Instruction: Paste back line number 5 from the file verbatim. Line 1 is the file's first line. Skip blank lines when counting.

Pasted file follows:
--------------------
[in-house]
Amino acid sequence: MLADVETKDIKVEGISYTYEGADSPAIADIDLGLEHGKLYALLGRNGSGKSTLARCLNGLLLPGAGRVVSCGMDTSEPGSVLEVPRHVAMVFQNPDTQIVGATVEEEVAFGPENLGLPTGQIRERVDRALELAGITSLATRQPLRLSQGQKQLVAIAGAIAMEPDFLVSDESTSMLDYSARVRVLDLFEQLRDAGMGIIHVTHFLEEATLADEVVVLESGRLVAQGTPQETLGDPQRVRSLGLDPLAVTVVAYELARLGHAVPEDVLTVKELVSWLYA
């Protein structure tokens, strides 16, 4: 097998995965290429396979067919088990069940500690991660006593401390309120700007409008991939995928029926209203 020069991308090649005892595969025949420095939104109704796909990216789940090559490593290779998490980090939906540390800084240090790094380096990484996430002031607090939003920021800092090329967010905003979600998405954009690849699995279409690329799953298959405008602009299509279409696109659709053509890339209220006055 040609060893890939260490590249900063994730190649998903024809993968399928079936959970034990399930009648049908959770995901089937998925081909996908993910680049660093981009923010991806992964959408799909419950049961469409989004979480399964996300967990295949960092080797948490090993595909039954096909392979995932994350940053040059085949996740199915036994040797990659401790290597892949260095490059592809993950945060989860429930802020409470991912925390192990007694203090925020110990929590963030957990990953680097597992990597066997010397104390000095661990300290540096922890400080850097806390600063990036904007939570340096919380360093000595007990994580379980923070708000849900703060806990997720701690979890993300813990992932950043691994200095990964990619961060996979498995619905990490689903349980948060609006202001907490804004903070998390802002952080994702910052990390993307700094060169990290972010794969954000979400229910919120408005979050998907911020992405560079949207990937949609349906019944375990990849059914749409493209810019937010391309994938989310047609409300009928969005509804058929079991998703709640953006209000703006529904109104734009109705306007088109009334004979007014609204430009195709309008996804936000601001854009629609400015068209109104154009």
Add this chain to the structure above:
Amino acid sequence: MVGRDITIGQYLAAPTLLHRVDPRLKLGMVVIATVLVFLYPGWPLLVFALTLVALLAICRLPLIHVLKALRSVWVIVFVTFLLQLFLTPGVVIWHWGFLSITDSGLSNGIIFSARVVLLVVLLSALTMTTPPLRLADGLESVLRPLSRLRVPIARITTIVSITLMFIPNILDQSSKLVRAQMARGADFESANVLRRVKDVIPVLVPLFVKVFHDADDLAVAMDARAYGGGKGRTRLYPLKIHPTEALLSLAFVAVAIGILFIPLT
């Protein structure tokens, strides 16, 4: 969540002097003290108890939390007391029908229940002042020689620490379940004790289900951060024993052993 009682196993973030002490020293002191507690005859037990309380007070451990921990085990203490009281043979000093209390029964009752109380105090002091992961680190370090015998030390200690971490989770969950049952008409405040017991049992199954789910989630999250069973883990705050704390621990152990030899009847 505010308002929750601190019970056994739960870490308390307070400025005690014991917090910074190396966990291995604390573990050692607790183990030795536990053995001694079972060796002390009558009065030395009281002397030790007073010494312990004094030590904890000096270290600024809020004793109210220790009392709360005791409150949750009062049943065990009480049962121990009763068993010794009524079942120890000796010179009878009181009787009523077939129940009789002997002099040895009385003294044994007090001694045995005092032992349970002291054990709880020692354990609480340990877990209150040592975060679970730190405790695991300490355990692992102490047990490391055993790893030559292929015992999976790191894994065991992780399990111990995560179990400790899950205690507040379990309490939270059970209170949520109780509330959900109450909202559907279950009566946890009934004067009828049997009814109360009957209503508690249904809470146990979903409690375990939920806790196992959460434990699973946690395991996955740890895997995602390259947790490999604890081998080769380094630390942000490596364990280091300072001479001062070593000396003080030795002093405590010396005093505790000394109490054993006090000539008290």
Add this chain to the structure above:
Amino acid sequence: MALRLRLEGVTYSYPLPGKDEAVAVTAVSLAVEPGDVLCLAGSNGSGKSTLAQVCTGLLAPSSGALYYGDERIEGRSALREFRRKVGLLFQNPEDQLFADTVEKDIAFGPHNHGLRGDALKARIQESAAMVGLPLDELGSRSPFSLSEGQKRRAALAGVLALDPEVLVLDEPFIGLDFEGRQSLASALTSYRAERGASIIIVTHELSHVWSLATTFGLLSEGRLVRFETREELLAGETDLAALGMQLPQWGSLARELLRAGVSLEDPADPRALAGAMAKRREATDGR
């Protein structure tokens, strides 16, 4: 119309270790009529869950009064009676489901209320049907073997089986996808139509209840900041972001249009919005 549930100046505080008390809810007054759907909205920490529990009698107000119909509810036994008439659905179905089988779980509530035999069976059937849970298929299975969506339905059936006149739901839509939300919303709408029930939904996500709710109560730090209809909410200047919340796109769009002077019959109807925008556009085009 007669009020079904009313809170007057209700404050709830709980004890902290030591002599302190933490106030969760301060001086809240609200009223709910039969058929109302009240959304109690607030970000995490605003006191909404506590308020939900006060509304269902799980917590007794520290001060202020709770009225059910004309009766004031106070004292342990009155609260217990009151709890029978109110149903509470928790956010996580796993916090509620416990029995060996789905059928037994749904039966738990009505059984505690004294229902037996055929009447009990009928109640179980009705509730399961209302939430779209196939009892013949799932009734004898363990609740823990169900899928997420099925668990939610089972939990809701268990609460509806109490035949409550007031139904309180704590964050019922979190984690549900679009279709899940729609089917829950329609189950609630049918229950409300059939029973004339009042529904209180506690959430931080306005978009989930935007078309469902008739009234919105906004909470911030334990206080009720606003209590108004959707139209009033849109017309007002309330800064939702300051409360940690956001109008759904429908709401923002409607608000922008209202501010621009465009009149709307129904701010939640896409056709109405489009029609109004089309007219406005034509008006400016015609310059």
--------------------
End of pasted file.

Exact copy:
Amino acid sequence: MVGRDITIGQYLAAPTLLHRVDPRLKLGMVVIATVLVFLYPGWPLLVFALTLVALLAICRLPLIHVLKALRSVWVIVFVTFLLQLFLTPGVVIWHWGFLSITDSGLSNGIIFSARVVLLVVLLSALTMTTPPLRLADGLESVLRPLSRLRVPIARITTIVSITLMFIPNILDQSSKLVRAQMARGADFESANVLRRVKDVIPVLVPLFVKVFHDADDLAVAMDARAYGGGKGRTRLYPLKIHPTEALLSLAFVAVAIGILFIPLT